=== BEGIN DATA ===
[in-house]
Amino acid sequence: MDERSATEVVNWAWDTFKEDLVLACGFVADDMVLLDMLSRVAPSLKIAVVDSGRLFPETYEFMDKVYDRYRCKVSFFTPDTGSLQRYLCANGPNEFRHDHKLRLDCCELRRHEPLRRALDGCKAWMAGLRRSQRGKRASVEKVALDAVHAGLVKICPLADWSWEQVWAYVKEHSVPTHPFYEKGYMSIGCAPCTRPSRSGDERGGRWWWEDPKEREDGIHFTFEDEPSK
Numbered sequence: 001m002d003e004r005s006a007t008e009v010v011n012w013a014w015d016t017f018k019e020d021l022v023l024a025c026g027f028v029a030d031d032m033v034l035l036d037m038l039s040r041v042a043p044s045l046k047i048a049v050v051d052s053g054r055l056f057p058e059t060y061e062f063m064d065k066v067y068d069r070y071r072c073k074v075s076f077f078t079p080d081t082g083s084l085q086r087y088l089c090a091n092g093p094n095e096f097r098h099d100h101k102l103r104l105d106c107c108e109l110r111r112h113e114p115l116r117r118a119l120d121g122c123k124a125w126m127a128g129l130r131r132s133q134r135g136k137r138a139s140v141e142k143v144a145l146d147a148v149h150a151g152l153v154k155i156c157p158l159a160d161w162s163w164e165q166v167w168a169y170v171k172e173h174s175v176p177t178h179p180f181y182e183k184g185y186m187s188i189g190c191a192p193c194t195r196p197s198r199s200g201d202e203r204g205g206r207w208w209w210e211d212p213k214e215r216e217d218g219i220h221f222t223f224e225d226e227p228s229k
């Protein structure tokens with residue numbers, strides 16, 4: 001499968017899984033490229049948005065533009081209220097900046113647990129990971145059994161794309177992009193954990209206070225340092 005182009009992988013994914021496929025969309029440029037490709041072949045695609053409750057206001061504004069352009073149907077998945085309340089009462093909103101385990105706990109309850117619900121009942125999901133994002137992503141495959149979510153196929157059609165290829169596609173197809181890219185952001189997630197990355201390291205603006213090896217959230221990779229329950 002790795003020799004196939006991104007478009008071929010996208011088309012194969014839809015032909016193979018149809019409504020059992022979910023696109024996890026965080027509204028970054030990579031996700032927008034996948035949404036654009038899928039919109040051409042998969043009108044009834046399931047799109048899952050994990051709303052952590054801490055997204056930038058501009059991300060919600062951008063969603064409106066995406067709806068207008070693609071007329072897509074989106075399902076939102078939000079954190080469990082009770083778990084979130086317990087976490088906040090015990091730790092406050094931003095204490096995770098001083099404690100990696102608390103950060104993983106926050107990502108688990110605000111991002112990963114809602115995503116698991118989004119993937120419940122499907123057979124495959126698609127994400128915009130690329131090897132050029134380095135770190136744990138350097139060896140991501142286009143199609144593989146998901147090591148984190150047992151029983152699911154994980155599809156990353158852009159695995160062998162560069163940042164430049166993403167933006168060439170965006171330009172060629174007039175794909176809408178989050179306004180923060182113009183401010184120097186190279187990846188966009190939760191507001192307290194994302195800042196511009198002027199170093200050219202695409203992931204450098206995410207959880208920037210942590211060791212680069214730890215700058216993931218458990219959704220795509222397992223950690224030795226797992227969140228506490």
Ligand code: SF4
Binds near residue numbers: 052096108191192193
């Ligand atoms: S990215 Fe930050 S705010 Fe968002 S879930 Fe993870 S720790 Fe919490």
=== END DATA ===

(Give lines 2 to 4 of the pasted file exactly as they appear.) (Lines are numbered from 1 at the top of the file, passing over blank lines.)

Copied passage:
Amino acid sequence: MDERSATEVVNWAWDTFKEDLVLACGFVADDMVLLDMLSRVAPSLKIAVVDSGRLFPETYEFMDKVYDRYRCKVSFFTPDTGSLQRYLCANGPNEFRHDHKLRLDCCELRRHEPLRRALDGCKAWMAGLRRSQRGKRASVEKVALDAVHAGLVKICPLADWSWEQVWAYVKEHSVPTHPFYEKGYMSIGCAPCTRPSRSGDERGGRWWWEDPKEREDGIHFTFEDEPSK
Numbered sequence: 001m002d003e004r005s006a007t008e009v010v011n012w013a014w015d016t017f018k019e020d021l022v023l024a025c026g027f028v029a030d031d032m033v034l035l036d037m038l039s040r041v042a043p044s045l046k047i048a049v050v051d052s053g054r055l056f057p058e059t060y061e062f063m064d065k066v067y068d069r070y071r072c073k074v075s076f077f078t079p080d081t082g083s084l085q086r087y088l089c090a091n092g093p094n095e096f097r098h099d100h101k102l103r104l105d106c107c108e109l110r111r112h113e114p115l116r117r118a119l120d121g122c123k124a125w126m127a128g129l130r131r132s133q134r135g136k137r138a139s140v141e142k143v144a145l146d147a148v149h150a151g152l153v154k155i156c157p158l159a160d161w162s163w164e165q166v167w168a169y170v171k172e173h174s175v176p177t178h179p180f181y182e183k184g185y186m187s188i189g190c191a192p193c194t195r196p197s198r199s200g201d202e203r204g205g206r207w208w209w210e211d212p213k214e215r216e217d218g219i220h221f222t223f224e225d226e227p228s229k
């Protein structure tokens with residue numbers, strides 16, 4: 001499968017899984033490229049948005065533009081209220097900046113647990129990971145059994161794309177992009193954990209206070225340092 005182009009992988013994914021496929025969309029440029037490709041072949045695609053409750057206001061504004069352009073149907077998945085309340089009462093909103101385990105706990109309850117619900121009942125999901133994002137992503141495959149979510153196929157059609165290829169596609173197809181890219185952001189997630197990355201390291205603006213090896217959230221990779229329950 002790795003020799004196939006991104007478009008071929010996208011088309012194969014839809015032909016193979018149809019409504020059992022979910023696109024996890026965080027509204028970054030990579031996700032927008034996948035949404036654009038899928039919109040051409042998969043009108044009834046399931047799109048899952050994990051709303052952590054801490055997204056930038058501009059991300060919600062951008063969603064409106066995406067709806068207008070693609071007329072897509074989106075399902076939102078939000079954190080469990082009770083778990084979130086317990087976490088906040090015990091730790092406050094931003095204490096995770098001083099404690100990696102608390103950060104993983106926050107990502108688990110605000111991002112990963114809602115995503116698991118989004119993937120419940122499907123057979124495959126698609127994400128915009130690329131090897132050029134380095135770190136744990138350097139060896140991501142286009143199609144593989146998901147090591148984190150047992151029983152699911154994980155599809156990353158852009159695995160062998162560069163940042164430049166993403167933006168060439170965006171330009172060629174007039175794909176809408178989050179306004180923060182113009183401010184120097186190279187990846188966009190939760191507001192307290194994302195800042196511009198002027199170093200050219202695409203992931204450098206995410207959880208920037210942590211060791212680069214730890215700058216993931218458990219959704220795509222397992223950690224030795226797992227969140228506490």